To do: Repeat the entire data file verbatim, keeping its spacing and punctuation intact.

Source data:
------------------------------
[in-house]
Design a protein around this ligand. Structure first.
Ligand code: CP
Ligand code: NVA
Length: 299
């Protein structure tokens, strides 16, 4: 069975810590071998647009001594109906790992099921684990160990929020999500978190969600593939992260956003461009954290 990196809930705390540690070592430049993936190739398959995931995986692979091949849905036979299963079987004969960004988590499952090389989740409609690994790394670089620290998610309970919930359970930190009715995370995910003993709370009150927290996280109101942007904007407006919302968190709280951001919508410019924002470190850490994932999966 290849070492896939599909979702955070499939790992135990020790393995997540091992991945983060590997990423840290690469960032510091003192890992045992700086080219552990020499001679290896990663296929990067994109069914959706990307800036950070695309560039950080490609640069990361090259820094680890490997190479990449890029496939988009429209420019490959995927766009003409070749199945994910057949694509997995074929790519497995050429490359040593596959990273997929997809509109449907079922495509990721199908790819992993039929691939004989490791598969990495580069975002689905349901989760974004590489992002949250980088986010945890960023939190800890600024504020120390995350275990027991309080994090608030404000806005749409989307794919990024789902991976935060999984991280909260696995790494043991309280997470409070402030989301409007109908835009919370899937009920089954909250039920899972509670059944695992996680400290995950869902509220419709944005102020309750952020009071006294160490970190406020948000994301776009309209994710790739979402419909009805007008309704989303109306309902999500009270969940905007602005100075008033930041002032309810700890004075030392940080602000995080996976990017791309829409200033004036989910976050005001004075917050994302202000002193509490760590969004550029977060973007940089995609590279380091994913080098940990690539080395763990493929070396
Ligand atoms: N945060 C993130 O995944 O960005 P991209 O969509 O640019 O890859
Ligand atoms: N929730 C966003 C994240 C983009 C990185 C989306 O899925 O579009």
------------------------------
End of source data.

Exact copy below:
[in-house]
Design a protein around this ligand. Structure first.
Ligand code: CP
Ligand code: NVA
Length: 299
């Protein structure tokens, strides 16, 4: 069975810590071998647009001594109906790992099921684990160990929020999500978190969600593939992260956003461009954290 990196809930705390540690070592430049993936190739398959995931995986692979091949849905036979299963079987004969960004988590499952090389989740409609690994790394670089620290998610309970919930359970930190009715995370995910003993709370009150927290996280109101942007904007407006919302968190709280951001919508410019924002470190850490994932999966 290849070492896939599909979702955070499939790992135990020790393995997540091992991945983060590997990423840290690469960032510091003192890992045992700086080219552990020499001679290896990663296929990067994109069914959706990307800036950070695309560039950080490609640069990361090259820094680890490997190479990449890029496939988009429209420019490959995927766009003409070749199945994910057949694509997995074929790519497995050429490359040593596959990273997929997809509109449907079922495509990721199908790819992993039929691939004989490791598969990495580069975002689905349901989760974004590489992002949250980088986010945890960023939190800890600024504020120390995350275990027991309080994090608030404000806005749409989307794919990024789902991976935060999984991280909260696995790494043991309280997470409070402030989301409007109908835009919370899937009920089954909250039920899972509670059944695992996680400290995950869902509220419709944005102020309750952020009071006294160490970190406020948000994301776009309209994710790739979402419909009805007008309704989303109306309902999500009270969940905007602005100075008033930041002032309810700890004075030392940080602000995080996976990017791309829409200033004036989910976050005001004075917050994302202000002193509490760590969004550029977060973007940089995609590279380091994913080098940990690539080395763990493929070396
Ligand atoms: N945060 C993130 O995944 O960005 P991209 O969509 O640019 O890859
Ligand atoms: N929730 C966003 C994240 C983009 C990185 C989306 O899925 O579009």